The Ikarus IK-2 was a high-wing monoplane, representing Yugoslavia’s first attempt at creating a domestic fighter aircraft. It started as a private endeavor by two engineers, and after two prototypes, much opposition and a lot of dramatic background, 12 planes of the type were produced by the Ikarus factory for the needs of the Air Force. Though obsolete by 1941, the IK-2s still served their country in wartime.
The IK-L1 was the original prototype of the fighter with the 860hp 12 Ycrs engine, and an intended armament of a 20mm HS.404 and 2 7.7mm Darne machine guns that was, however, not fitted before the plane crashed.
The IK-02 was the second prototype. Its key differences were metal sheeting on the wings as opposed to the fabric cover on the IK-L1, and 7.92mm Browning FN machine guns instead of Darne. It was also tested at some point with an Oerlikon FF instead of an HS.404.
The IK-2 is the definitive production version. It differs little from the IK-02, with the exception of some minor revisions and slightly improved efficiency of the engine.
The IK-2 with a Browning FN was a modification made to several IK-2s in 1940, replacing their hub-firing 20mm cannon with a 7.92mm Browning FN. The standard configuration was returned by February 1941.
Specifications (IK-2 production):
Length: 7.88 m
Wingspan: 11.40 m
Height: 3.84 m
Wing area: 18 m²
Empty: 1,502 kg
Max take-off: 1,857 kg
Engine: Hispano-Suiza 12 Ycrs
Engine power: 640 kW (860 hp)
Maximum speed: 453 km/h
Climbing speed: 923 m/min (15.4 m/s)
Range: 700 km
Flight ceiling: 12,000 m
1 x 20 mm Hispano-Suiza HS.404, hub-firing (60 rpg)
2 x 7.92mm Browning FN (250 rpg)
In 1932, aeronautical engineers Ljubomir Ilić and Kosta Sivčev, after returning from France, began privately working on a new design for a domestic Yugoslav fighter plane that would replace the outdated Czechoslovak BH-33. The initial design called for a low-wing monoplane, but this was changed to a high-wing due to opposition from Air Force personnel who favored the old biplanes. Emphasis was placed on speed, climb rate, maneuverability and firepower. For that reason, the French 20mm HS.404 was selected, firing through the 860hp Hispano-Suiza 12Ycrs - considered an extremely powerful engine for the time. The structure and armament dictated the use of metal in the construction.
In 1933, the engineers had a wooden scale model tested at Paris’ Eiffel wind tunnel, and then revealed the until-then secret project to their superior, who gave his full approval. The Ikarus factory in Zemun was given the order to construct the first prototype, designated IK-L1 (IK for Ilić and Kosta, the initials of the engineers, L for Lovac, and 1 for first). It was completed by 1934, but only made its first flight on April 22, 1935 under Leonid Bajdak, a vocal opponent of the entire program. The IK-L1 flew unarmed for tests - it was planned to have the hub-firing HS.404 cannon and two synchronized Darne machine guns. On its second flight, the L1 pilot performed unplanned aerobatics and the fabric on the wind was observed to have loosened. On the third flight, another maneuver in the form of a shallow dive and a sudden pull-out ripped the fabric of the leading edge open, sending the prototype into a spin. Pilot Bajdak bailed out, but the plane crashed.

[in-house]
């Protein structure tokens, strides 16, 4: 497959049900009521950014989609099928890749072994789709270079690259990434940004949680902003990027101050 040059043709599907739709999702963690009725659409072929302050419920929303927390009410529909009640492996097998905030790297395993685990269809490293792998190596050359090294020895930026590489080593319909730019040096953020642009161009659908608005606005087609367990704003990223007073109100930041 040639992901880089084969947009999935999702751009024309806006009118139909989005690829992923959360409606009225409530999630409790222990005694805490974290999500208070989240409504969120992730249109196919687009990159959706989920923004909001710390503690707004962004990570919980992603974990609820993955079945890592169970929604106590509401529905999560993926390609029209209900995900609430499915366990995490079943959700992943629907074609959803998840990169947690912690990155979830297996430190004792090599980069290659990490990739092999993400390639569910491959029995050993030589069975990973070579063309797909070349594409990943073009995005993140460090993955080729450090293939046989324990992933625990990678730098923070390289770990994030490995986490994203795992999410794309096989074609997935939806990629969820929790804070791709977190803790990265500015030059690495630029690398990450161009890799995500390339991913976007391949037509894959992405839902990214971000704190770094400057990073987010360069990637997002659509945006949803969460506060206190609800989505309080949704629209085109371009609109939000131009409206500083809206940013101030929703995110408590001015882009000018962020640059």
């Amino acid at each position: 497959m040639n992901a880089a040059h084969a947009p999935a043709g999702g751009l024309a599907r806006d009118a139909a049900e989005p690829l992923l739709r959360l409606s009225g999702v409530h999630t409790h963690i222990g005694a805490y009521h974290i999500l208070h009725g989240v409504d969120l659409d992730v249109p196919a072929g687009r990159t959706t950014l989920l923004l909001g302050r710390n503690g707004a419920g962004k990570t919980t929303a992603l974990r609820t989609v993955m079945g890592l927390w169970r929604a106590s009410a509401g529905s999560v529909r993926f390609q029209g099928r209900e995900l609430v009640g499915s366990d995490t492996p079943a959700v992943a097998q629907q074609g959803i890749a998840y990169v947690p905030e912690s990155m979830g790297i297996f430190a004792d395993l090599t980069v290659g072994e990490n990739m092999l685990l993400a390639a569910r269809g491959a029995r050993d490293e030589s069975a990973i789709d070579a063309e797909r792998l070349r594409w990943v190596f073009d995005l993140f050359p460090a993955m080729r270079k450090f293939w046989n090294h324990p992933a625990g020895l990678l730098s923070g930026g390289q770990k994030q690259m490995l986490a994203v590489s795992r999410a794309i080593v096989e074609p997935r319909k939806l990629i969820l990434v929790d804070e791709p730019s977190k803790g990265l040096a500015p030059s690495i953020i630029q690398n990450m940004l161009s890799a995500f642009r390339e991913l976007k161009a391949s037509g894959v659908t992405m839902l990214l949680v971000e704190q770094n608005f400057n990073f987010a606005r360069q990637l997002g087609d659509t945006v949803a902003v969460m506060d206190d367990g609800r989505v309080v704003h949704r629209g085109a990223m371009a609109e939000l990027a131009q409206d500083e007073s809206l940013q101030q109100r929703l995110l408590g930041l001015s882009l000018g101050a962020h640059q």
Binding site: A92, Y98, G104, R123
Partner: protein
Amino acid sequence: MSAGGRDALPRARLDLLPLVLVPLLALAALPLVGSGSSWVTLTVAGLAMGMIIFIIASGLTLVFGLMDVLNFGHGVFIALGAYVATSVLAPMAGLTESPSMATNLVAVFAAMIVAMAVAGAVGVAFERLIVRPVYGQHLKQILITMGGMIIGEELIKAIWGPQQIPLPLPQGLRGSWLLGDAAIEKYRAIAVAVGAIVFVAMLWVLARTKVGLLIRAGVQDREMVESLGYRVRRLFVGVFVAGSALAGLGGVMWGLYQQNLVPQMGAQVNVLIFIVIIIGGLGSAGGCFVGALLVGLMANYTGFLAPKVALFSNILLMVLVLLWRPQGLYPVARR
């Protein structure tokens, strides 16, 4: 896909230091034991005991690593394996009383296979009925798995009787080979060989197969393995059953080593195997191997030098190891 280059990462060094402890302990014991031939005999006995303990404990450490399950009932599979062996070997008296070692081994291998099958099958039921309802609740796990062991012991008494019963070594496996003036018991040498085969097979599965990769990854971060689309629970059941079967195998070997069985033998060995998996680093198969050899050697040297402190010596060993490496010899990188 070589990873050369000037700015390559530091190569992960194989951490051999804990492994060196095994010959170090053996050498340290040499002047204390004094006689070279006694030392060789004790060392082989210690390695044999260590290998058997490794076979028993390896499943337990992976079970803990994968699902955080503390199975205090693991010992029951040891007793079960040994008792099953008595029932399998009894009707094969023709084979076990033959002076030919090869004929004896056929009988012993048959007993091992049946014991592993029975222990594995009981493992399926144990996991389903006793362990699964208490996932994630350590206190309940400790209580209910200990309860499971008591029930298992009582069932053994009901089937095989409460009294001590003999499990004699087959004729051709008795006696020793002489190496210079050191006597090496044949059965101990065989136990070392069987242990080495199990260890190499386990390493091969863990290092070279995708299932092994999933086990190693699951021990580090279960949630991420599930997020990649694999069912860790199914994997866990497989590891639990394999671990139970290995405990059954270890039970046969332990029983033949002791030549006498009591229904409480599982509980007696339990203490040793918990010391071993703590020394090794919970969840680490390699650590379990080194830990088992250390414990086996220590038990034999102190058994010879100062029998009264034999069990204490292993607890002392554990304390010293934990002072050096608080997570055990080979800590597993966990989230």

The design came under heavy criticism after the crash, but the Ikarus factory pushed forward with a second prototype after it was deemed that the crash was caused by poor build quality, and more testing was needed. After 10 months, the second IK-02 prototype was completed in June 1936, this time with metal sheeting over the wings, better pilot visibility, and Browning machine guns instead of the previously planned Darne. Janko Dobnikar was the new test pilot, with the first flight on August 24, 1936. The testing was rigorous this time, with equipment to measure different flight characteristics. Dobnikar followed the test program, achieving the unofficial European speed record for the fastest fixed-undercarriage plane and the total Yugoslav speed record with 435 km/h.
Mock dogfights were held in 1937 with the Yugoslav Fury biplane then in service, where the IK-02 out-climbed it, out-turned it and had greater speed. Dobnikar even challenged pilot Bajdak, who was still expressing his opposition to the plane, to a climbing, racing and dogfight contest where Dobnikar would pilot the IK-02 and Bajdak would pilot the Fury. The biplane was defeated in all three aspects, and soon the first order for 12 IK-2 production planes with slight improvements was placed on November 20, 1937.
The production IK-2 fighters arrived in units by early 1939, already obsolete in comparison to the high-wing monoplane. When war struck in April 1941, 8 out of 12 were operational, with two being repaired and two badly damaged. IK-2s participated in the air war, first flying mainly patrol and reconnaissance missions, and later being involved in dogfights together with Yugoslav Hurricanes. The Germans likely captured 5 of the last IK-2s not destroyed by their own pilots, and gave 4 to their puppet state, the Independent State of Croatia, where they remained in service until 1944. None survived the war. However, engineers Ilić and Sivčev had also spearheaded the creation of a new, more modern Yugoslav fighter, the IK-3.